Recovery… Recovery was the hardest part of it all. I wanted to recover, I wanted to continue dancing. I wanted my hair, parents’ approval, friends, and life back. Something held me back though– I knew every single macro and calorie for every piece of food. When I was deep in my anorexia, I would spend my free time watching food videos and hanging out in the pantry. Not eating, of course, but reading nutrition facts. I could tell you what every ingredient in that bag of Doritos is and the exact serving size. It was bad. I had this constant calculator in my mind, and I couldn’t get it out. How was I supposed to recover if my brain physically denied it? Therapy… lots and lots of therapy. Weekly therapy visits and weekly dietitian visits. My mom would drive 30 minutes, 4 times a week to get me the help I needed. It took almost 4 years for me to recover, but I can now say that 6 years later, I am recovered from my eating disorder.
It is important to seek help when you are in the lowest of lows. With eating disorders, the secretive darkness that overcomes you almost prohibits you from even thinking about interacting with others. “What if there’s food at the party? If I don’t go, I can stay home and take more steps. She eats healthy, she’s going to judge me for what I eat.” Those were only 3 out of the millions of thoughts that would go on in my head. Post anorexia, I experienced a lot of anxiety. I was so used to the constant calculations and specifics that it was hard to begin living normally. Most normal people don’t plan out their exact meals for the next 2 months, or cry over a brownie. Even when I was eating, I still was over exercising and purging. I actually found comfort in eating food again, knowing that my body was still underweight. I began eating whatever I wanted because I knew it was hard for me to gain weight at the time. Well, I would also purge or exercise immediately after to make up for the extra calories. Eating disorders go beyond just starving yourself, they change your mind. No matter how much help I was getting, I could not turn my brain off. Yes, I was eating, but I was thinking too much about it, and eating became more harmful than good.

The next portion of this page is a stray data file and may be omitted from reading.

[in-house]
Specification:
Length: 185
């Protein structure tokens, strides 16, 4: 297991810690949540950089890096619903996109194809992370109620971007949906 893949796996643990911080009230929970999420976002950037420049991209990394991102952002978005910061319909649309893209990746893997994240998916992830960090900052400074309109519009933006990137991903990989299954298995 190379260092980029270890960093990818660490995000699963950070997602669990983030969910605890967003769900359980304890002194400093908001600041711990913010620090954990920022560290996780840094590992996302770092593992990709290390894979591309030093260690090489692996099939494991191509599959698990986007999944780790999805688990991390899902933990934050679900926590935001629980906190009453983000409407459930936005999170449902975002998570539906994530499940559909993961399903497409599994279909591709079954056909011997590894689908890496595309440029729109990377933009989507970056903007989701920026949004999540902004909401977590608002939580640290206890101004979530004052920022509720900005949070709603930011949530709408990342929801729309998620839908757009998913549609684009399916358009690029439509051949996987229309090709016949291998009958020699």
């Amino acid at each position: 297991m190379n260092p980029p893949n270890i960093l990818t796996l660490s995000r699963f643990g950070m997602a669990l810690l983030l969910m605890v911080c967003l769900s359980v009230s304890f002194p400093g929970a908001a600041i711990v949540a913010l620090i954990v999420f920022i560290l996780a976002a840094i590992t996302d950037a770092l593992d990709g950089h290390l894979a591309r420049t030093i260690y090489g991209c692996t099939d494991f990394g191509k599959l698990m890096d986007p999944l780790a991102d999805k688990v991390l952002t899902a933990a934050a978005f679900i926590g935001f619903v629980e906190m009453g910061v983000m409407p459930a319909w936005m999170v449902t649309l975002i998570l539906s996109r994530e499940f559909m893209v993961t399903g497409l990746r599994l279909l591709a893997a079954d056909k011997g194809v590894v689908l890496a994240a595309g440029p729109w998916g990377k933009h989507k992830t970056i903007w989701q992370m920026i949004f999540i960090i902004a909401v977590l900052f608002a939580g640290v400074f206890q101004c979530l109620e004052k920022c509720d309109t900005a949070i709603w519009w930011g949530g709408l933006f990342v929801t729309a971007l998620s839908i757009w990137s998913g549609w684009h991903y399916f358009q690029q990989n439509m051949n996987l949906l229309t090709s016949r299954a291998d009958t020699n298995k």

When the pandemic hit, everyone’s mental health suffered, and the voices in my head grew louder and louder, I couldn’t turn them off! I began thinking about ending them… ending me. I wanted to be gone, I was done. My eating disorder was not as bad as it was in 9th grade, but I was still a bag of bones. My head was spinning, and I was drained mentally and physically. Therapy wasn’t working, especially being online. After months of debating, my mom scheduled an appointment for a psychiatrist. I immediately began taking antidepressants, and all I can say is–wow.
Medication has been what feels like the biggest switch in my journey. When I would begin to improve, the voices would defeat me. After starting medication, the voices began to slow down, going away even. It’s almost been a year on medication, and I feel the most normal I’ve ever felt! I really feel passionate about getting help in whatever situation you’re in. I tried it all, truly. Yoga, journaling, bible study, women’s groups, therapy, dietitians, OB-GYN, everything. It wasn’t until I was put on medicine that the switch flicked on.
I am 4 years post-anorexia, and I have to say that I have learned so much from it. As awful as it was, I am thankful to have gotten the love and support from my family that I needed. I was a goner, I really was. But the hardships weren’t hard enough to break my family’s bond. They stuck with me all the way. I now feel the need to be there for other young girls who have gone through my same struggles. I want to be a living example of recovery, and I feel passionate about advocating for eating disorder awareness. While this week is National Eating Disorder Week, it doesn’t mean that next week it’s all over. We must continue to share our stories and advocate for this deadly illness that causes 10,200 deaths a year.
I hope my story has been a symbol of hope–that it gets better. Through recovery, I have gone to NYC, been given multiple dance scholarships, been accepted into my dream college, worked my dream job, and have made the best friends I could ever ask for. I found myself when I worked on myself. No matter the struggles, no matter how loud the voices get, there is hope and purpose for you and your life. Your losses become your biggest wins, maybe even the highlight of your story. We shouldn’t feel ashamed of the hardships we face; it’s time to break down the barriers behind eating disorders and mental health, and build up a community of support.
I did write this article based on my own personal experiences, but I also added some information from articles I read online regarding statistics. https://anad.org/eating-disorders-statistics/ and https://www.everydayhealth.com/emotional-health/national-eating-disorders-awareness-week/ were helpful sources. I also want to include hotlines because advocating for and finding help is so important.
Suicide Hotline: 800-273-8255
National Alliance on Mental Illness Hotline: 1-800-950-6264
Substance Abuse and Mental Health Services Administration National Helpline: 800-662-4357